Coauthored with John Villasenor. The Washington Post, April 20, 2012.
In February, President Obama signed into law a reauthorization of the Federal Aviation Administration (FAA) that requires the agency — on a fairly rapid schedule — to write rules opening U.S. airspace to unmanned aerial vehicles. This puts the FAA at the center of a potentially dramatic set of policy changes that stand to usher in a long list of direct and indirect benefits. But the FAA is not a privacy agency. And although real privacy concerns have arisen about these aircraft, asking the agency to take on the role of privacy czar for unmanned aerial vehicles (UAVs) would be a mistake.
UAVs, commonly known as drones, offer real promise for an array of domestic applications. In an era of ever-tighter budgets, they could dramatically reduce the cost to law enforcement agencies and private companies involved in gathering vital — in some cases, lifesaving — information. UAV research and innovation are driving the creation of companies and the jobs that accompany them. Many of these innovations are pushing the frontiers of robotics in ways that will help U.S. competitiveness in this industry and beyond.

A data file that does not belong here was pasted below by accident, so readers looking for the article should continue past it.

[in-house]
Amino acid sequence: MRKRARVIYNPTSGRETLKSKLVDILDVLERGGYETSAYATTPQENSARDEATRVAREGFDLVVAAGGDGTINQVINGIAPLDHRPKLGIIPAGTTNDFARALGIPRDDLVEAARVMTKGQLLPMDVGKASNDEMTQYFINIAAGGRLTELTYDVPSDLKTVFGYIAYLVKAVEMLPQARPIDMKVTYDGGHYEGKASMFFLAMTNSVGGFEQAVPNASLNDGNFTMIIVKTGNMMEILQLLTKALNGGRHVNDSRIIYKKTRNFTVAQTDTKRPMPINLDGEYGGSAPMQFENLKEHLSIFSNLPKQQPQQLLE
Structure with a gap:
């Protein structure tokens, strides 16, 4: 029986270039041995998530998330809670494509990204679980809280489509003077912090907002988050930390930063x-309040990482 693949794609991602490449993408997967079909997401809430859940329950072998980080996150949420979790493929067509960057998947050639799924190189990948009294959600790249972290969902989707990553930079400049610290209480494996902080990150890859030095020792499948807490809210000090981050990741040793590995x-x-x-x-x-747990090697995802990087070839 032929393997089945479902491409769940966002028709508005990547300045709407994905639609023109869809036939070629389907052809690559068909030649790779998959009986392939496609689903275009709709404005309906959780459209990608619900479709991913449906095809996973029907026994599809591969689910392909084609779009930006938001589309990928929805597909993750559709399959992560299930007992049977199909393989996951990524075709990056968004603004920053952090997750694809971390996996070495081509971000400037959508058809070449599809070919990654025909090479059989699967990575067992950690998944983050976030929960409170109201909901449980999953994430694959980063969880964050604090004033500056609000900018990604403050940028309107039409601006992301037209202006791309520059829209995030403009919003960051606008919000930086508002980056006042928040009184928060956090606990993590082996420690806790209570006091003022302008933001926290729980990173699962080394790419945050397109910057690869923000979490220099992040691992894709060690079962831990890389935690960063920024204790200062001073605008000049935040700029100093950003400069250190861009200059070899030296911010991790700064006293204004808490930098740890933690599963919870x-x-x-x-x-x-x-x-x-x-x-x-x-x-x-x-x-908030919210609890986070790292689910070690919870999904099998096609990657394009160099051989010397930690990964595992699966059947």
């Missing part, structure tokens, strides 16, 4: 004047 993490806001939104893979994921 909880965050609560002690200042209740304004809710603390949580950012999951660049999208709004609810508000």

But like any new technology, UAVs can bring challenges as well. The FAA has been charged with figuring out, by the middle of next month, how to expedite the licensing of certain government drones. It is also supposed to develop, by later this year, a comprehensive plan for the integration of private UAVs into U.S. airspace by late 2015.
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